Tell us a bit about yourself!
My name is Briceson Douglas Ducharme, I am 31-years-old and live in Denver, CO. I grew up in a small farm town northeast of Denver called Eaton, CO. I currently work for MAC cosmetics, paint, read, write and sleep in my spare time. I also love to go to movies, I have been to 90% of movies made in the past year and a half.
A Drag queen is a gender-bending illusionist. This can either happen when a man has too much fierceness and dresses like a woman, or when a woman has too much swag and dresses like a man. In both cases the drag persona lipsyncs and performs to major artists, sometimes even mimicking the artist they are performing.
The biggest misconceptions of drag:
I ran for a pageant called Miss Gay Pride Youth when I was 17, I won that crown and am the first and only to go from being Miss Gay Pride Youth to Miss Gay Pride and win both as youth and adult. I have been doing drag ever since.
How long does it take you to prepare to perform? What goes into your preparation?
Honestly, the time is a variance of what character, runway or avant-guard look I am going with. It can either be 45 minutes or a couple of hours depending on how detailed I need/ want to be.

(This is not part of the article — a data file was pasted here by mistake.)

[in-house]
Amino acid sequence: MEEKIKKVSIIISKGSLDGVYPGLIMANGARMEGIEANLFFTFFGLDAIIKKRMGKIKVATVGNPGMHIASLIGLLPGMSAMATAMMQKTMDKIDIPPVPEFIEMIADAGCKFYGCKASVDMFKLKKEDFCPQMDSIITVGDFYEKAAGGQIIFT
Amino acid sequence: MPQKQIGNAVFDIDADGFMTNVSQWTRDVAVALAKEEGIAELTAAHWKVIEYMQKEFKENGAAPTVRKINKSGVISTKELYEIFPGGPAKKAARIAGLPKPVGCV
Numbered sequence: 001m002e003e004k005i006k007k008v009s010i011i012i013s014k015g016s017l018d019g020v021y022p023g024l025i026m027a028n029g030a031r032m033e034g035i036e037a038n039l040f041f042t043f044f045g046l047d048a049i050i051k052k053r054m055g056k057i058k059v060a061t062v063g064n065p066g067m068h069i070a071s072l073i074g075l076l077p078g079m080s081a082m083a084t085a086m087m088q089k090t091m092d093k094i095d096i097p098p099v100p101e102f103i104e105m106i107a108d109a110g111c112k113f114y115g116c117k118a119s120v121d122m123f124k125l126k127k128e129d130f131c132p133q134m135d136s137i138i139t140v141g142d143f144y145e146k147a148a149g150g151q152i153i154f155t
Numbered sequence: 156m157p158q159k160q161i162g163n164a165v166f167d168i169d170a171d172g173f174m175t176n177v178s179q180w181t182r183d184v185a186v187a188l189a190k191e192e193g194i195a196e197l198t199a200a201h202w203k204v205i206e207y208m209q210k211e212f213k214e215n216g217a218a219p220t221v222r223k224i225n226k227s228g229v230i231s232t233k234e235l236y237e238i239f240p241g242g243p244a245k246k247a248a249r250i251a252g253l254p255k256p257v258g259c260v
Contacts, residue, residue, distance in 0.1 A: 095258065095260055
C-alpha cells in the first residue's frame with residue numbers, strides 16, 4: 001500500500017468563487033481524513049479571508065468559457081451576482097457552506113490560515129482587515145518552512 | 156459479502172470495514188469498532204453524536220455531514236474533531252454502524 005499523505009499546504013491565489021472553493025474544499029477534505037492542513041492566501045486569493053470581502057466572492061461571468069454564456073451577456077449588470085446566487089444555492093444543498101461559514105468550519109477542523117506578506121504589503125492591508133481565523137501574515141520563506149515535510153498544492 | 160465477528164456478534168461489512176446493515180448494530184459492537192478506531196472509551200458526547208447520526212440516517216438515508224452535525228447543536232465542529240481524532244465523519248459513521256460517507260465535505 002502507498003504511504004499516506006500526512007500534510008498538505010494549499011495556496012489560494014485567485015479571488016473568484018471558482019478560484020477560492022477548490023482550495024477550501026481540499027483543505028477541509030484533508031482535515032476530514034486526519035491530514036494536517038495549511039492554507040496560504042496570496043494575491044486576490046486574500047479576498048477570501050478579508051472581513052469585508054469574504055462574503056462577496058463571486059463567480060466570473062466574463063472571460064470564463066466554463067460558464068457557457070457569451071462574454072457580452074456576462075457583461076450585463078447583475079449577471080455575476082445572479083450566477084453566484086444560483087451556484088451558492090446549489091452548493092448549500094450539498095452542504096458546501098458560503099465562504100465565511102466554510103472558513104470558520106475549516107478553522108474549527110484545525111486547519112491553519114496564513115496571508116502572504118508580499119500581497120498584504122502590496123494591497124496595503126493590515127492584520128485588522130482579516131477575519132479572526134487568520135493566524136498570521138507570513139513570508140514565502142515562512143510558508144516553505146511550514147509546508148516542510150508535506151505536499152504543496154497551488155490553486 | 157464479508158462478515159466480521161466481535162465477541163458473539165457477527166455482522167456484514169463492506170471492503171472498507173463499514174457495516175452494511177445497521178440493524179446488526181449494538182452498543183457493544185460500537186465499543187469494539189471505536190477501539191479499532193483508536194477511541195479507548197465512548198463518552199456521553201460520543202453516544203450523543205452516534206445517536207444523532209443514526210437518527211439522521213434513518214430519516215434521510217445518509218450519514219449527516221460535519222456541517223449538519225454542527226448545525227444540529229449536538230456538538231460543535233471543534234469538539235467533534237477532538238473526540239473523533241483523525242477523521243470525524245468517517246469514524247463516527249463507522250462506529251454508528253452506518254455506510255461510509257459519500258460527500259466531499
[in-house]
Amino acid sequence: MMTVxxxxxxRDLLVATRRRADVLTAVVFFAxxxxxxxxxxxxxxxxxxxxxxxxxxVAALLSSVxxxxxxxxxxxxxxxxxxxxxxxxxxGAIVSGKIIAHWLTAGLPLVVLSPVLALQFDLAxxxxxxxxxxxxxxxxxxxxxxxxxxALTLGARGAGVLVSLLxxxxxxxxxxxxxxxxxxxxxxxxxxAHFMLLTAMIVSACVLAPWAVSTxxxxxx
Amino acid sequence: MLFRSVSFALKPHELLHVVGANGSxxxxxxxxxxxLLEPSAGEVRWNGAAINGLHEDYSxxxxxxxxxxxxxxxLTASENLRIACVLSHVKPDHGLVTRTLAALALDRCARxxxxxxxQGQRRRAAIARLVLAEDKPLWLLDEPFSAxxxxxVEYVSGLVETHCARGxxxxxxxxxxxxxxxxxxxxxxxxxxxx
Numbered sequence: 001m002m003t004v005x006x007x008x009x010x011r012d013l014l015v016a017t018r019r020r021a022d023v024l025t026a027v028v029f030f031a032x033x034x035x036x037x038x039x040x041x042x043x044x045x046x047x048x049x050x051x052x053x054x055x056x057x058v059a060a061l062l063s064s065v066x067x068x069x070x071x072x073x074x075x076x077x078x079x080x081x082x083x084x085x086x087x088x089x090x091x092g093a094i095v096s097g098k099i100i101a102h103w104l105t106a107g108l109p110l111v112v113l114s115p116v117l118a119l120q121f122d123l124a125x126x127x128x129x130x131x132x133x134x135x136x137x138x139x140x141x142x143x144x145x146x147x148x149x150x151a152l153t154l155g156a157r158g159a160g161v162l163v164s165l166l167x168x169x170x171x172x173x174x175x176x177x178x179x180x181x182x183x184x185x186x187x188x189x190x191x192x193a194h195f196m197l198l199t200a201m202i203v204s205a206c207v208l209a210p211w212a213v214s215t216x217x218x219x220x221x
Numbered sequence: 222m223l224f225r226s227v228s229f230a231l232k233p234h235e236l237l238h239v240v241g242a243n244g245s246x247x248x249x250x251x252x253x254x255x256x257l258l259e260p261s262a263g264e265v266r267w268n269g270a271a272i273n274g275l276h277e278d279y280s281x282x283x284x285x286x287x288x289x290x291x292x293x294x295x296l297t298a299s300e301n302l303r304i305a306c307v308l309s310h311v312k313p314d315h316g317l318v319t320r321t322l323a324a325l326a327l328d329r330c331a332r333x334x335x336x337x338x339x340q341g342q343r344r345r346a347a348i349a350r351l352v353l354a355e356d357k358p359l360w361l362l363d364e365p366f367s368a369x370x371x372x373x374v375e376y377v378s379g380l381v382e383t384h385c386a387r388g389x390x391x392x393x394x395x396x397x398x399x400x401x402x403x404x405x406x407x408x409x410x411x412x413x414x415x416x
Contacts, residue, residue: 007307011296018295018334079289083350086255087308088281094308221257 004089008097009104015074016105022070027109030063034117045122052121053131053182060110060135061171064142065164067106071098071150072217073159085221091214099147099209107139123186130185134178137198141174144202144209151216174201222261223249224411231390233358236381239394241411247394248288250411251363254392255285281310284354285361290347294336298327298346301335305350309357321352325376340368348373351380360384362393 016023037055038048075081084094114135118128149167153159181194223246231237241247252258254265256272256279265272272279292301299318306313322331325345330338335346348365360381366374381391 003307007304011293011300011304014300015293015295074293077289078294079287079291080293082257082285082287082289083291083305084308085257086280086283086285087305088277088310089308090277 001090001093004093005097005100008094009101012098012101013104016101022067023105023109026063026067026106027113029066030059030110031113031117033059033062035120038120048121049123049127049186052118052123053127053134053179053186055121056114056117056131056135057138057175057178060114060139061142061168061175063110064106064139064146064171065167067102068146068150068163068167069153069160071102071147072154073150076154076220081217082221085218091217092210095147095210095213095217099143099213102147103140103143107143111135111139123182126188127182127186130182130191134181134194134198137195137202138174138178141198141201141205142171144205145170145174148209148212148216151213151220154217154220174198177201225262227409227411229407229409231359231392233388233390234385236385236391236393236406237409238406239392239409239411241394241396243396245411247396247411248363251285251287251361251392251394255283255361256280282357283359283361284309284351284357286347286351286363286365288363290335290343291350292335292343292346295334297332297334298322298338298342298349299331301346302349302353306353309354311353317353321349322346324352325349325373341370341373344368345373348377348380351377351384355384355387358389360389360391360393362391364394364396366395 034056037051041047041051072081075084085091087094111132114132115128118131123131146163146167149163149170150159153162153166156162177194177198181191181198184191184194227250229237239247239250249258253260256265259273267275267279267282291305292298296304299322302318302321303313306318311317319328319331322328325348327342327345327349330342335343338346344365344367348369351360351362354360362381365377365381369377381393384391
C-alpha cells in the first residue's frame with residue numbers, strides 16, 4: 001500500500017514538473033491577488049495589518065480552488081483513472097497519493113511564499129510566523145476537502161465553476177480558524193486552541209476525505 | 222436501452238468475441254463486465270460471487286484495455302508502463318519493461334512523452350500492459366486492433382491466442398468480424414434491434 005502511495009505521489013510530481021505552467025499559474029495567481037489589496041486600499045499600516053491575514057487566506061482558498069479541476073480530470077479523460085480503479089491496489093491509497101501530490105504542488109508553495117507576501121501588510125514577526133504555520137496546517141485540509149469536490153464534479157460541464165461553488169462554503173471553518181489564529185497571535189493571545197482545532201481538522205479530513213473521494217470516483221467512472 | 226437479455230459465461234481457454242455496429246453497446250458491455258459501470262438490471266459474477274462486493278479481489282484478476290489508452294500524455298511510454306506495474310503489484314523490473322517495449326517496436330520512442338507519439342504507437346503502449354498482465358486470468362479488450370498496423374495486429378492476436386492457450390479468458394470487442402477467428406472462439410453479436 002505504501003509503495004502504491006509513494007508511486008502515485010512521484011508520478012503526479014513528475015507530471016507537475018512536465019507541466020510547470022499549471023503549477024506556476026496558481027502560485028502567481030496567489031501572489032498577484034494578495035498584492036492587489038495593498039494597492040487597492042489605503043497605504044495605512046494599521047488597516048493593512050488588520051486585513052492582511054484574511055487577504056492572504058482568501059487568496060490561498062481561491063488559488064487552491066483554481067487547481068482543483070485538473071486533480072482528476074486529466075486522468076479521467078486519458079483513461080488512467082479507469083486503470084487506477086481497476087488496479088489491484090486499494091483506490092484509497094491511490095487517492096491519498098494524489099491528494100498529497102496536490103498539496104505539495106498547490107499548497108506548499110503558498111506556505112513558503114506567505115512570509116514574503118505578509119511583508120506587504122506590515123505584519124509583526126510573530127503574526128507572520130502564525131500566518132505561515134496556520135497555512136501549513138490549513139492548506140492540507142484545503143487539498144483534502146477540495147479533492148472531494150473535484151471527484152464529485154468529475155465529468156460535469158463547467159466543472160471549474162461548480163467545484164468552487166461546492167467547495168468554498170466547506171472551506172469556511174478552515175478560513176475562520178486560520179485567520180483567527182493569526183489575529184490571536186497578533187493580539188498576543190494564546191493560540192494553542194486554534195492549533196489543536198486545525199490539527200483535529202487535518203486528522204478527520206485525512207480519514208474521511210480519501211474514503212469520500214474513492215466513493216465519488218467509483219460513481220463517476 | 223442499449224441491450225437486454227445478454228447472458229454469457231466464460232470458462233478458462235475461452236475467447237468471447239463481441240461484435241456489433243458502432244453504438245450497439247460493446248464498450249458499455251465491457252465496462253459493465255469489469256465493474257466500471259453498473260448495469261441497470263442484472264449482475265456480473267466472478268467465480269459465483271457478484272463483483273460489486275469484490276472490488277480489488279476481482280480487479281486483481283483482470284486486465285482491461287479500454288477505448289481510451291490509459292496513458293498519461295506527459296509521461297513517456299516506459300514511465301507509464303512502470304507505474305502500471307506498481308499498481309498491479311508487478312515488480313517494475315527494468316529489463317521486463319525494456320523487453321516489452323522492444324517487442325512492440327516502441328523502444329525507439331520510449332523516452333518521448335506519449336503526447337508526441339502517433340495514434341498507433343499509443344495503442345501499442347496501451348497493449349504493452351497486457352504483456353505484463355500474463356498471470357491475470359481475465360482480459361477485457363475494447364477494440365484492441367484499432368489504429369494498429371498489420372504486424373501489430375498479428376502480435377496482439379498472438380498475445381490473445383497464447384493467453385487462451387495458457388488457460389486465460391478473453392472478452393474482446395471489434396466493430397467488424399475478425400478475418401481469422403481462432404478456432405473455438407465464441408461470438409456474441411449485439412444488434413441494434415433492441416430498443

Are we talking drag or both? Hmm, usually I start work at the counter at 9 on a show day. I work until 6, doing everyone’s makeup and making them feel fabulous.
Then I leave work, rush home shave like I’m cutting down the rainforest, pack my bag, (sometimes eat something), rush to the club, and paint (put my makeup on) like Michelangelo on crack. Then when it’s my turn, whether I am tired or not, I get on stage and TURN IT OUT!
I have auditioned for RPDR (RuPaul’s Drag Race) Every year from the initial season, and yet am still not on it. It’s been a very good journey for me honestly, I have evolved in my persona, I gained more confidence, and I have performed with the best of the best in my home terf.
My mom and sister, and my in law’s (I just got married last June to the love of my life Aaron) are all hella supportive. I have an annual ball every year that I created to raise money for those with HIV/AIDS and my family has been there EVERY year for those shows as well as coming to major events that I have been apart of in the past. I am very lucky and blessed to be in the family I have.
The most rewarding part of being a queen for me is being a voice in a community that isn’t always heard. I get to speak up for those who are less fortunate, raise money and awareness for those who might be too weak and am able to give a fierce fresh face whenever I go out.
MY advice is this, just because you can put on a wig, some heels and beat a mug (another way of saying putting on makeup) doesn’t make you a drag queen. A Queen is someone with heart, sophistication, humility, inner and outer beauty, and someone who can slay a song so full of emotion that time gets lost in the room for those few minutes that you are performing your soul out.